Help for a Beauty Advisor job at Macy's?

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  1. I have never had a retail job before, i've mainly worked at restaurants, but i LOVE makeup. So when i put that on my resume and did the online application for my local Macy's thats hiring a beauty advisor, I didn't think I wouldn't get considered (especially with no retail experience!). So when I checked my email today and saw that I had gotten an interview, I'm stoked! I scheduled an appointment for this coming Friday.

    But the only thing i'm nervous about is the questions. What does Macy's look for? I'm sure my passion for make-up isn't enough..

    Anybody with Macy's/retail experience would help me a lot:smile:
  2. My friend was an advisor with macys and hated it, mainly because macys wants their staff to push the credit card and you have to meet quotas. She just wants to sell cosmetics and do makeup. So she left and went to nordstrom, loves it. They don't have to push the credit card down customers throats.
  3. This isn't specific to Macy's, but any sales role in makeup or any other company do have quotas and targets. So my advice would be to show them not only your passion for cosmetics but the drive to maximize sales. I am in cosmetics sales so if you want anymore advice just send me a PM :smile:
  4. I would agree. Macys beauty counter, by all sense of the word, is not where I would turn to for beauty advice. I would go to MAC, Sephora or premier department stores for beauty tips.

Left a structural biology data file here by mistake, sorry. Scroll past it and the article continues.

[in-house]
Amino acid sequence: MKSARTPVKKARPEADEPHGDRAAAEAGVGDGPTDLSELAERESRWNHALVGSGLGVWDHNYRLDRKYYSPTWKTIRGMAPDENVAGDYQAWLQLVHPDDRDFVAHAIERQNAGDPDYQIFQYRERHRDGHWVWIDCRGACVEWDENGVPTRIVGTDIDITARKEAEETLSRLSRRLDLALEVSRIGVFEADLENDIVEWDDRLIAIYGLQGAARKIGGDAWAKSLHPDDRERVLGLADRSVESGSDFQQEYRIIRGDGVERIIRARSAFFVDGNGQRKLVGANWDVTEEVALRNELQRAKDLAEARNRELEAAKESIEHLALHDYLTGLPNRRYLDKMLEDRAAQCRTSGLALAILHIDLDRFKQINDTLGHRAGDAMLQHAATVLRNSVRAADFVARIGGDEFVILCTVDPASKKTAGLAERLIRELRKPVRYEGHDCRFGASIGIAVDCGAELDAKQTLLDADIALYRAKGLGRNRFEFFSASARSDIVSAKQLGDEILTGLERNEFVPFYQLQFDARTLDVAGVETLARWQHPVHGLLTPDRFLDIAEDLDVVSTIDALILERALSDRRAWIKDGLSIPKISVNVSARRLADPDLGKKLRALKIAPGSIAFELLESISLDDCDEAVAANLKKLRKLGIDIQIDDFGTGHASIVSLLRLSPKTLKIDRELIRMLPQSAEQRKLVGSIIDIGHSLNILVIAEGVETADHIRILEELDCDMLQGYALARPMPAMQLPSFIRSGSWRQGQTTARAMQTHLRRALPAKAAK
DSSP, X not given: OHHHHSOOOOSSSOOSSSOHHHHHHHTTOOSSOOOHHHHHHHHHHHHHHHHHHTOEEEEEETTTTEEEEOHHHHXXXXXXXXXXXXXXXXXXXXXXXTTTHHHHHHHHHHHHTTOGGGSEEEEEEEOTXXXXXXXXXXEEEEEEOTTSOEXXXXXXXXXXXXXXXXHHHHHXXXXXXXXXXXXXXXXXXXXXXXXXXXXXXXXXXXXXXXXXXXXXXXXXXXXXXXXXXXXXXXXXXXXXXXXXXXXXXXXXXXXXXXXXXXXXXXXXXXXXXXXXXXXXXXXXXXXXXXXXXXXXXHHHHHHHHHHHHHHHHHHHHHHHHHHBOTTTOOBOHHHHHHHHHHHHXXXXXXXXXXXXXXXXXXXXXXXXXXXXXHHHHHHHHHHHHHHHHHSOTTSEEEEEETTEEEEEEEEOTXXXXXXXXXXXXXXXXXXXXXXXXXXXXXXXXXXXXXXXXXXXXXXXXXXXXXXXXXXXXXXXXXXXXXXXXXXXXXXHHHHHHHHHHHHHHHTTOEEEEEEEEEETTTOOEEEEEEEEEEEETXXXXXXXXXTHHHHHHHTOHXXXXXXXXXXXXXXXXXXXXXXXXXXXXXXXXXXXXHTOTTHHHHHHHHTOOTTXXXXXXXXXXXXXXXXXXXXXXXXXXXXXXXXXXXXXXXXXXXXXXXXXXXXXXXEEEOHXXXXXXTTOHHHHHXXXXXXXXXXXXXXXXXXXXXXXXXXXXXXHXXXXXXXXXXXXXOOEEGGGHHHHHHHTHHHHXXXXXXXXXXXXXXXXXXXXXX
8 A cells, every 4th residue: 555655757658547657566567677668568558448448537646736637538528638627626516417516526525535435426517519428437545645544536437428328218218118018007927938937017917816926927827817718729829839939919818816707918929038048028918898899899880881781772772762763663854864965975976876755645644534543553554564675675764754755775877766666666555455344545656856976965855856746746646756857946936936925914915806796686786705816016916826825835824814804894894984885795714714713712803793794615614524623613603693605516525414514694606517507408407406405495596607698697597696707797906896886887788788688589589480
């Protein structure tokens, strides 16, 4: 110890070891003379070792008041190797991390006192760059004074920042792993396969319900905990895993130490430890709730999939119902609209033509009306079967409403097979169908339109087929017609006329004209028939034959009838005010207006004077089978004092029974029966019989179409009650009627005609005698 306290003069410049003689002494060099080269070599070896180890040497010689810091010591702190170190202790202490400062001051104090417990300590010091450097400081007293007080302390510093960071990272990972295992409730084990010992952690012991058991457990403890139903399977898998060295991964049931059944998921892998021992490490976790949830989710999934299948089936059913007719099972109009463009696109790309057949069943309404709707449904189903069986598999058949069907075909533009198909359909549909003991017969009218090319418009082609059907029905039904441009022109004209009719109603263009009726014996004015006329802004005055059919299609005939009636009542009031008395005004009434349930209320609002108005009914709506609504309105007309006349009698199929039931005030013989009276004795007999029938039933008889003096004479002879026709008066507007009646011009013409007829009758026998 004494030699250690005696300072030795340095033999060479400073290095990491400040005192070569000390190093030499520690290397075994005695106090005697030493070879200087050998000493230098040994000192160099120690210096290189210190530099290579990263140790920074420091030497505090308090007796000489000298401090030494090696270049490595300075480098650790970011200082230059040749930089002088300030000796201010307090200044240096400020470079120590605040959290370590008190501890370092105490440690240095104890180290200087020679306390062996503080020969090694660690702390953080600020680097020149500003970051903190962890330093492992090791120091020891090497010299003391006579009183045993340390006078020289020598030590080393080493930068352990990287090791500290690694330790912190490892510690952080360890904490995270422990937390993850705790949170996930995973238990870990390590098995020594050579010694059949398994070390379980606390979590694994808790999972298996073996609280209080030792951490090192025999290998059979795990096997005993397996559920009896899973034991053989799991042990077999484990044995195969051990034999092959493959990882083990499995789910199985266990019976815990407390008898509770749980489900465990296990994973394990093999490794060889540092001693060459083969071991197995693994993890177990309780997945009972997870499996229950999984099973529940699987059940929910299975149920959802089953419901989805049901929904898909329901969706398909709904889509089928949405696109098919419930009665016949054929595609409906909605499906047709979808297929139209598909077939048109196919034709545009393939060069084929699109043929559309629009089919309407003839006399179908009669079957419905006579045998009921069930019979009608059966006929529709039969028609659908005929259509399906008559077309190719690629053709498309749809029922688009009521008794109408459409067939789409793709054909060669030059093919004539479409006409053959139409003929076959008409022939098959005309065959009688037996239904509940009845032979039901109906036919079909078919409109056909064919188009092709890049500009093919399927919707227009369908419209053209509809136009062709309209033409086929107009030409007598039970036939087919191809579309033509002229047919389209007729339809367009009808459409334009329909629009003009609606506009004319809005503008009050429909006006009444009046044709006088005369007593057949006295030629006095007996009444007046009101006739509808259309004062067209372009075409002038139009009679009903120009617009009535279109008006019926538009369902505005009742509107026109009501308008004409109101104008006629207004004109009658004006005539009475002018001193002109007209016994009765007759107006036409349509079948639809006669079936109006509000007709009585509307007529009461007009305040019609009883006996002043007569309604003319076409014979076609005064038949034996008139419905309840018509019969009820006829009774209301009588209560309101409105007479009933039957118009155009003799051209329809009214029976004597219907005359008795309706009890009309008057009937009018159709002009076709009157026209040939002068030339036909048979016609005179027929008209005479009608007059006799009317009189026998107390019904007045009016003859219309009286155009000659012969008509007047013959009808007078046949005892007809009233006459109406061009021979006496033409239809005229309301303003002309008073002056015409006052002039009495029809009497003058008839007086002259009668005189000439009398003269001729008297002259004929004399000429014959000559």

5. I agree. I was telling a friend, I feel like Bloomingdale's makeup associates are just random people they hire and don't know the products (my experience), where as Saks makeup associates know there stuff.
  6. Most retail stores have a $$ sales point you are supposed to make for that day and week. A few of my friends worked in high end stores and it was all about $$$$. Saks pushed the credit card too. I think my one friend said they got $25.00 each time thy opened an account. The money could add up.

    I would not take any recommendation seriously from a Macy's beauty advisor. They try to hard sell any item you are looking at. Not too impressed with some make applications I have seen done but this can be common in many stores. Too much makeup because they want to convince you need it all.

    I think the beauty advisors at Nordstrom are fantastic and very professional who know their products.

    Sephora does not impress me. Two friends went for a makeover in one of their NY stores and they have different skin tones, hair and eye color, along with skin needs. Dry versus acne and oil problem skin. But both were sold the same products in the same colors. I thought it was push that cosmetic line day. The sad part was they both bought all the products but never repurchased them. :lol:

    Sales is sales- your job is to get people to buy the product. How many times will a SA tell you a piece of clothing looks great when it looks horrible?